the dog wags its tail
at your Laz-Z-Boy

your favorite beer
fills my fridge
your socks lay on the floor

our grandchild
still talks to you

your aftershave
calls my name from
hand towels and pillow cases

the damn lawnmower
refuses to start without you

along with the old Ford,
barbeque grill,
and the sump pump

which leads me to
your photo on the wall

as I wonder if those eyes
are asking me to follow
or simply saying good-bye

 

 

About the Poet:
As a hospice volunteer Alan Harris helps patients write stories, poems and letters. Harris is a 61 year-old graduate student. He writes short stories, plays, and poetry based primarily upon the life-stories of friends, family and total strangers. Harris is the 2011 recipient of the Stephen H. Tudor Scholarship in Creative Writing, the 2014 John Clare Poetry Prize, and the 2015 Tompkins Poetry Award from Wayne State University. In addition he is the father of seven, grandfather of eight, as well as a two-time Pushcart Prize nominee.

 

Photo by Mystics Art Design.

 

 

Poetry Breakfast accepts submissions of poetry and poetry related creative non-fiction year-round.  See our Submission Guidelines page for details on submitting your work.

Start your morning with a nourishing poem.  Follow us on  Twitter, Facebook, and  Tumblr,  and enjoy a new poem every morning straight to your feed.

Greek to Me – A Poem by Jim Landwehr

Greek to Me

Rain comes down, soft at first
my brothers and some friends
play through it in our pickup
game of unholy football
on the holy ground of
the Greek Orthodox church
in nineteen seventy two.
Then it comes harder
– stupid hard –
and we play on
too fun to care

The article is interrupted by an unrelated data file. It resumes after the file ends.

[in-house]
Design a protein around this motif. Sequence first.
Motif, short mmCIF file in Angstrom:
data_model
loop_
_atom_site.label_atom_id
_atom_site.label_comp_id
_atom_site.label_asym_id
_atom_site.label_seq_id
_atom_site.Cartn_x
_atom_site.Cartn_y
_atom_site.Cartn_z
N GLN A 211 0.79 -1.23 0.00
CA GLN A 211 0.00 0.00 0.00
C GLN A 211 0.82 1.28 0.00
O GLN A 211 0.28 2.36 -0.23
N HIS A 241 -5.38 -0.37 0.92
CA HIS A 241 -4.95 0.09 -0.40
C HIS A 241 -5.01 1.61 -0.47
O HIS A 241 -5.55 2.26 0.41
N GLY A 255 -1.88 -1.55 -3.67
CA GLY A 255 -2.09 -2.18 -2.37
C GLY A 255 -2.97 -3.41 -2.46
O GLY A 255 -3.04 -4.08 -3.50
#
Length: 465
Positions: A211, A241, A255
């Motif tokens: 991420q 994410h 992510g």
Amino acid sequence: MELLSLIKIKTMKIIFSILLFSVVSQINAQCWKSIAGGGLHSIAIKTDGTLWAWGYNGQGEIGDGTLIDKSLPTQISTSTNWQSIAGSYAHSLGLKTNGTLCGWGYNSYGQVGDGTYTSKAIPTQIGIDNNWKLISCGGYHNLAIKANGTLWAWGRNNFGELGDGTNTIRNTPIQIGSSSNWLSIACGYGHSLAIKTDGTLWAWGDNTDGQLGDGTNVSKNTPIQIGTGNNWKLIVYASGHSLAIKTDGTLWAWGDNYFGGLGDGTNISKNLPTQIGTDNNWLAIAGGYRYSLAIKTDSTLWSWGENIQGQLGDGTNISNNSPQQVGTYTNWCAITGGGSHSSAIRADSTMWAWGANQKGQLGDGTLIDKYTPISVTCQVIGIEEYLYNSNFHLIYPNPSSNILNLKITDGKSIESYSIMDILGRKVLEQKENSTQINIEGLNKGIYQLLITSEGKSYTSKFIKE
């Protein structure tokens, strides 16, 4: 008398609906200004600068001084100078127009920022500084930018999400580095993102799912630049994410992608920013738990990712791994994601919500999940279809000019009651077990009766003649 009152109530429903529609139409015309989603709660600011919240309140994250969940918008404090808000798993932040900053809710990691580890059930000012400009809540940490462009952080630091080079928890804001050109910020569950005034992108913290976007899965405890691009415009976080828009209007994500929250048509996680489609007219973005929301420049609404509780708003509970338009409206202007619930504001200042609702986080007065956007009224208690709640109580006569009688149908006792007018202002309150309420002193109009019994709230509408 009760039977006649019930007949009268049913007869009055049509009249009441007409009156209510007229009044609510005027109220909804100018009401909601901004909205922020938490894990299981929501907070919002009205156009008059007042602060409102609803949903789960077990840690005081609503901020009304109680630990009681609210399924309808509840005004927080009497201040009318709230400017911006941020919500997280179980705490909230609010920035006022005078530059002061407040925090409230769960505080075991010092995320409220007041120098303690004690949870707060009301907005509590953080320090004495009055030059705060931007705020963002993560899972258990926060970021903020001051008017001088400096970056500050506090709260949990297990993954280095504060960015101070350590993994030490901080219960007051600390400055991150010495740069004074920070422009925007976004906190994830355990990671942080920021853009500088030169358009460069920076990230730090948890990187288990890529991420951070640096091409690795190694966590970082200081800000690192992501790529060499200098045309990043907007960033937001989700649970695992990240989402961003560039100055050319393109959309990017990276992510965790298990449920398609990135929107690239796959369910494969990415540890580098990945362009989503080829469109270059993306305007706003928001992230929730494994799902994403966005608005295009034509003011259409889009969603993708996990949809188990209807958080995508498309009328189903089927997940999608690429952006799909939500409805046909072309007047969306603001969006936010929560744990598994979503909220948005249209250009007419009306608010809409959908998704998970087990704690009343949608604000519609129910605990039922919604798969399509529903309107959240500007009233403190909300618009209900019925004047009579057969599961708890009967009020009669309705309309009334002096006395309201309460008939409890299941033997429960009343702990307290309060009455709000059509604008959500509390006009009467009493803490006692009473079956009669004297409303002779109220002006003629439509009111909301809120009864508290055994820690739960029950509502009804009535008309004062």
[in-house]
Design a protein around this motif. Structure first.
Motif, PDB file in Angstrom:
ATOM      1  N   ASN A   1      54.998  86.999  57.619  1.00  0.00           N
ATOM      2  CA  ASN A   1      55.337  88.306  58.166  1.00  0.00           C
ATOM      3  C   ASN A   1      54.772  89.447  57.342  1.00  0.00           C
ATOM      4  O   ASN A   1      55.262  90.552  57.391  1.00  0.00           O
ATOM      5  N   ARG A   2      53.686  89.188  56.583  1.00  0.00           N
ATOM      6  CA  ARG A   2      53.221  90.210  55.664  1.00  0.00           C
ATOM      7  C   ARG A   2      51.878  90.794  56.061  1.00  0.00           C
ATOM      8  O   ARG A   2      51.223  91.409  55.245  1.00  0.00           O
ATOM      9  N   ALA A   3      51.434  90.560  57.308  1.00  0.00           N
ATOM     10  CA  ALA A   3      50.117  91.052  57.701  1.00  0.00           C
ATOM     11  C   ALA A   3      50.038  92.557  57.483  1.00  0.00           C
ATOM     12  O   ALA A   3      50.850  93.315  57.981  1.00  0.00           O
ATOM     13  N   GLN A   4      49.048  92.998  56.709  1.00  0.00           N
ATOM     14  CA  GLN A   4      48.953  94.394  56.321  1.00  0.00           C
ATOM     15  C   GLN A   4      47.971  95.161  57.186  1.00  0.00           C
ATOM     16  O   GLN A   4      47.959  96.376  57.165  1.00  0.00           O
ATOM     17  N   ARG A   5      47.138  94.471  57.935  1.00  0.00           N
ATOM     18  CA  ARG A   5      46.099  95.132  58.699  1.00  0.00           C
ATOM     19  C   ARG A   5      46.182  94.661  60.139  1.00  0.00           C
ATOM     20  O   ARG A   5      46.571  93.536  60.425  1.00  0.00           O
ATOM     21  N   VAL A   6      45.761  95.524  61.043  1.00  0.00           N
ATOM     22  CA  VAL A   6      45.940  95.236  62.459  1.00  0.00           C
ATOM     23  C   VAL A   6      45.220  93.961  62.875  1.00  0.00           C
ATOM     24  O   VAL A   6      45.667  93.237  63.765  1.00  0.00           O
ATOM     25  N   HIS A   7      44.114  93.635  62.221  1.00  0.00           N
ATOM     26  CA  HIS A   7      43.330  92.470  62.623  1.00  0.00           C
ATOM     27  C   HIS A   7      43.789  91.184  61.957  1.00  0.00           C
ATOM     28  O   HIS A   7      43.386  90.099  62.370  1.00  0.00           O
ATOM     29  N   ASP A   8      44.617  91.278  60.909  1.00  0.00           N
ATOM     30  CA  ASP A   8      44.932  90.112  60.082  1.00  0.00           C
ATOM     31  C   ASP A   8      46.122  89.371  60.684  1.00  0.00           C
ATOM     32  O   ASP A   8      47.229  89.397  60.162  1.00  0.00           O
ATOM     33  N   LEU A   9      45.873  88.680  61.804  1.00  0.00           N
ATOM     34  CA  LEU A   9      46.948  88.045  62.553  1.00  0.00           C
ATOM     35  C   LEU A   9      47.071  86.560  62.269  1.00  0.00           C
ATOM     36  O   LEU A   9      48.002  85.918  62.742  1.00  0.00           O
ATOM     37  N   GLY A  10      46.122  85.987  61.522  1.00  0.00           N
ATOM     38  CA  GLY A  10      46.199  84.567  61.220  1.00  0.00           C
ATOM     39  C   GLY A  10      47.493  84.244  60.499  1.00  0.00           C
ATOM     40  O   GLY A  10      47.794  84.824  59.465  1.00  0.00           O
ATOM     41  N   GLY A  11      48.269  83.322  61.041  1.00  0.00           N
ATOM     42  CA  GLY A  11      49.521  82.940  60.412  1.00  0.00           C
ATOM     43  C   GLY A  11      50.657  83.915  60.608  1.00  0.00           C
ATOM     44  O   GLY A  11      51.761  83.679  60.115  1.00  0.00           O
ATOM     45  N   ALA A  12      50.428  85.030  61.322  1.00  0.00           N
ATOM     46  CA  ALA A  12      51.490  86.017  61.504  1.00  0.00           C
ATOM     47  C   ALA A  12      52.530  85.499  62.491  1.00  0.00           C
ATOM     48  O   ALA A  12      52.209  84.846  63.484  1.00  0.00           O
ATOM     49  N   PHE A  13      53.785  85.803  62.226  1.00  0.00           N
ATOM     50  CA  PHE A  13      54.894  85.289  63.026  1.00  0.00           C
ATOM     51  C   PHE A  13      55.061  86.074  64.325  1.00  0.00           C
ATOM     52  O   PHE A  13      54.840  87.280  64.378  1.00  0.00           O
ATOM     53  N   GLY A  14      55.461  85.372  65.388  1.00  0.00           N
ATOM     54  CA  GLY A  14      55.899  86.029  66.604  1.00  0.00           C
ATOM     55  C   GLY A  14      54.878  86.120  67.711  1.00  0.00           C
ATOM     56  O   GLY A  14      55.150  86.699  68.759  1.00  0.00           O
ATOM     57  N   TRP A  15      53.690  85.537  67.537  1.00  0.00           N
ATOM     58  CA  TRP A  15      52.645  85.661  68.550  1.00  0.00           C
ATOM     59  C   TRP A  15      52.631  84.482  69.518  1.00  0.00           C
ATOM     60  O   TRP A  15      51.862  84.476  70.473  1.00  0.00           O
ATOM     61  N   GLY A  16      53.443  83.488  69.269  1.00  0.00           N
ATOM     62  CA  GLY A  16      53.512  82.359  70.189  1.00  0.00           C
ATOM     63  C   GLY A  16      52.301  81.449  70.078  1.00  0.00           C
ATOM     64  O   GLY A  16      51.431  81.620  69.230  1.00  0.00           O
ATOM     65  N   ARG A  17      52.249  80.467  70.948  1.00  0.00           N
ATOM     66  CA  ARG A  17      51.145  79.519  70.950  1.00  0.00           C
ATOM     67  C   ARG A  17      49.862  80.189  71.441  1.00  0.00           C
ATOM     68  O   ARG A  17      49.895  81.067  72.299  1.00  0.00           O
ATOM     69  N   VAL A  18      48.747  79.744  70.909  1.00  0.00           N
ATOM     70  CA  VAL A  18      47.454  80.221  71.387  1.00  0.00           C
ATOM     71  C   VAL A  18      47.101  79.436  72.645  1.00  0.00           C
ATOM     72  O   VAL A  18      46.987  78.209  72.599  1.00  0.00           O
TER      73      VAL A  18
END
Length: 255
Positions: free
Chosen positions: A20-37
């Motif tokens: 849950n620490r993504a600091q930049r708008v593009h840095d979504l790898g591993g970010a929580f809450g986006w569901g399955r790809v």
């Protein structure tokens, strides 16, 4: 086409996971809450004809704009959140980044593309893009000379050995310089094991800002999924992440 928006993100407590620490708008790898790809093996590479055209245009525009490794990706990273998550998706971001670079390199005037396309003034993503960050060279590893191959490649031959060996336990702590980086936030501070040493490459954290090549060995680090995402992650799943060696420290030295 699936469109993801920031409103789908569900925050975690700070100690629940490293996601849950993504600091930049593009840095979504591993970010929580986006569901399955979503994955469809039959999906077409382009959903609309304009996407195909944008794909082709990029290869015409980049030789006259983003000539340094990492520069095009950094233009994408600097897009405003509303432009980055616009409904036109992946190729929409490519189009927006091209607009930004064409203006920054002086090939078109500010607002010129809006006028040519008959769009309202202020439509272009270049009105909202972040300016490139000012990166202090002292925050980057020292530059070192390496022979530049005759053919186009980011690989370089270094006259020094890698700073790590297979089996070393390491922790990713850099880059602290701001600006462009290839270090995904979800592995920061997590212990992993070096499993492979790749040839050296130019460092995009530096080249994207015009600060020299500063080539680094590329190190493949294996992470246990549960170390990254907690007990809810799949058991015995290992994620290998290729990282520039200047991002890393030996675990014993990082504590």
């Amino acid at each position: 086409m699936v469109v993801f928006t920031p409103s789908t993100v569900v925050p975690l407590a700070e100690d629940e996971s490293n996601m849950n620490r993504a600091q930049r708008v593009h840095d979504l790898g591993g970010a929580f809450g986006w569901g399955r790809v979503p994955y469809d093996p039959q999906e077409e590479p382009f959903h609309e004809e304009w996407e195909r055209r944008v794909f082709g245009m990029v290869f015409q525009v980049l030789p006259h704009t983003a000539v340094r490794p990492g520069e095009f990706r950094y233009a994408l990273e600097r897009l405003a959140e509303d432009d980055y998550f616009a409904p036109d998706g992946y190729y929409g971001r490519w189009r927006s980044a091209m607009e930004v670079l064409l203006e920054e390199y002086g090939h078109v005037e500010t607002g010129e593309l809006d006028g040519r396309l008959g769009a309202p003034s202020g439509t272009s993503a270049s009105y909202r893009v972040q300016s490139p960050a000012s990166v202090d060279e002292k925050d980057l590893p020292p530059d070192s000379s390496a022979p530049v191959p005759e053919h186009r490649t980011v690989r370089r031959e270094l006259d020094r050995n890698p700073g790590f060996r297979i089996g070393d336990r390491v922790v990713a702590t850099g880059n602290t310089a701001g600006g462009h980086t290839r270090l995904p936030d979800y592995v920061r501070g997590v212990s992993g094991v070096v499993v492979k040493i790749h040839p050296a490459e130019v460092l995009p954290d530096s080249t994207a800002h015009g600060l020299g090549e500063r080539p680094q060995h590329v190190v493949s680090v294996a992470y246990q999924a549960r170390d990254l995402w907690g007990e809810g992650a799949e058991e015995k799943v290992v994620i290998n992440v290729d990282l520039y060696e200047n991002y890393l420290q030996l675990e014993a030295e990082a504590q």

too wet to ever dry.
Play calls drawn up on
the chest of a huddled teammate
then carried out
waddling at top speed
to avoid slips and spills
but we slide anyway
– sideways crossways –
in the muddy deluge
of pre-teen recklessness
in our summer maelstrom
and none of us
can stop grinning
with the knowledge that
all we are doing goes
against every rule of
common sense
not quite enough to
come out of the rain

 

 

 

About the Poet:
Jim Landwehr’s latest eBook poetry collection Reciting From Memory, by Underground Voices was just released in June 2016.  He also has a poetry collection, Written Life, published by eLectio Publishing. His first book, Dirty Shirt: A Boundary Waters Memoir, was published by eLectio Publishing in 2014. He has non-fiction stories published in Main Street Rag, Prairie Rose Publications, Steam Ticket and others. His poetry has been featured in Torrid Literature Journal, Every Day Poems, Off the Coast Poetry Journal, and many others.  For more visit: www.jimlandwehr.com

 

Photo by Skatti.

Poetry Breakfast accepts submissions of poetry and poetry related creative non-fiction year-round.  See our Submission Guidelines page for details on submitting your work.

Start your morning with a nourishing poem.  Follow us on  Twitter, Facebook, and  Tumblr,  and enjoy a new poem every morning straight to your feed.